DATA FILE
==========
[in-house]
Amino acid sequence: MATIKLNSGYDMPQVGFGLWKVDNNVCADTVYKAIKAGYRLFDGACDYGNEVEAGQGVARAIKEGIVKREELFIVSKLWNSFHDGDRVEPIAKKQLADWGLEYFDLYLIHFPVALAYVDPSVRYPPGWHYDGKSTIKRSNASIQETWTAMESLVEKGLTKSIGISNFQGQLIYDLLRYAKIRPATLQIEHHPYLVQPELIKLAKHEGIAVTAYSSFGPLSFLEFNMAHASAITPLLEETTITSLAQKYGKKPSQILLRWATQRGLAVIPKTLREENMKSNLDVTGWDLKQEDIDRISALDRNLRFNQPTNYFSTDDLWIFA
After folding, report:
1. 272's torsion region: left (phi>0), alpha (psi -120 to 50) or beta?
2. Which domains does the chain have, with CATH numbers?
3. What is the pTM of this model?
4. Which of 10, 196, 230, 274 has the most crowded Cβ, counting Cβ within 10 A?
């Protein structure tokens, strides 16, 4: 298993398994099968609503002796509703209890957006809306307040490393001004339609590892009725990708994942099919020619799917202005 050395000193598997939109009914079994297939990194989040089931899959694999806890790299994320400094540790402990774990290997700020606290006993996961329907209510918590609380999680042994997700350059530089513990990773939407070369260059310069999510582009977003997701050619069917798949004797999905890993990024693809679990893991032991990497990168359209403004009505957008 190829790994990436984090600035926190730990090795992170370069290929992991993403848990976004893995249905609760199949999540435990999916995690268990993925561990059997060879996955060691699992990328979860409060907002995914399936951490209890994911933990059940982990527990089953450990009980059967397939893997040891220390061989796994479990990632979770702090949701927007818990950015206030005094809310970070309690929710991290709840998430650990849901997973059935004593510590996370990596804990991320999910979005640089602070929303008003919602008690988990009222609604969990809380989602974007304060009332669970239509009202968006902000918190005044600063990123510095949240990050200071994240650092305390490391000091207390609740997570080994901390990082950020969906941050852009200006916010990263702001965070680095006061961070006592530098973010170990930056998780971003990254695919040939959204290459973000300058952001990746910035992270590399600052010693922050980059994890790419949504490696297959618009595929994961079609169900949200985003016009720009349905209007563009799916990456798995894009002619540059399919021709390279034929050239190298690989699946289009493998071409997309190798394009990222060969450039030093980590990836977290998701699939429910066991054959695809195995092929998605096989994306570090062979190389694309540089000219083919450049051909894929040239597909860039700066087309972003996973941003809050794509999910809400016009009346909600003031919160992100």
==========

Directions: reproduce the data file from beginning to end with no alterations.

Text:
[in-house]
Amino acid sequence: MATIKLNSGYDMPQVGFGLWKVDNNVCADTVYKAIKAGYRLFDGACDYGNEVEAGQGVARAIKEGIVKREELFIVSKLWNSFHDGDRVEPIAKKQLADWGLEYFDLYLIHFPVALAYVDPSVRYPPGWHYDGKSTIKRSNASIQETWTAMESLVEKGLTKSIGISNFQGQLIYDLLRYAKIRPATLQIEHHPYLVQPELIKLAKHEGIAVTAYSSFGPLSFLEFNMAHASAITPLLEETTITSLAQKYGKKPSQILLRWATQRGLAVIPKTLREENMKSNLDVTGWDLKQEDIDRISALDRNLRFNQPTNYFSTDDLWIFA
After folding, report:
1. 272's torsion region: left (phi>0), alpha (psi -120 to 50) or beta?
2. Which domains does the chain have, with CATH numbers?
3. What is the pTM of this model?
4. Which of 10, 196, 230, 274 has the most crowded Cβ, counting Cβ within 10 A?
């Protein structure tokens, strides 16, 4: 298993398994099968609503002796509703209890957006809306307040490393001004339609590892009725990708994942099919020619799917202005 050395000193598997939109009914079994297939990194989040089931899959694999806890790299994320400094540790402990774990290997700020606290006993996961329907209510918590609380999680042994997700350059530089513990990773939407070369260059310069999510582009977003997701050619069917798949004797999905890993990024693809679990893991032991990497990168359209403004009505957008 190829790994990436984090600035926190730990090795992170370069290929992991993403848990976004893995249905609760199949999540435990999916995690268990993925561990059997060879996955060691699992990328979860409060907002995914399936951490209890994911933990059940982990527990089953450990009980059967397939893997040891220390061989796994479990990632979770702090949701927007818990950015206030005094809310970070309690929710991290709840998430650990849901997973059935004593510590996370990596804990991320999910979005640089602070929303008003919602008690988990009222609604969990809380989602974007304060009332669970239509009202968006902000918190005044600063990123510095949240990050200071994240650092305390490391000091207390609740997570080994901390990082950020969906941050852009200006916010990263702001965070680095006061961070006592530098973010170990930056998780971003990254695919040939959204290459973000300058952001990746910035992270590399600052010693922050980059994890790419949504490696297959618009595929994961079609169900949200985003016009720009349905209007563009799916990456798995894009002619540059399919021709390279034929050239190298690989699946289009493998071409997309190798394009990222060969450039030093980590990836977290998701699939429910066991054959695809195995092929998605096989994306570090062979190389694309540089000219083919450049051909894929040239597909860039700066087309972003996973941003809050794509999910809400016009009346909600003031919160992100």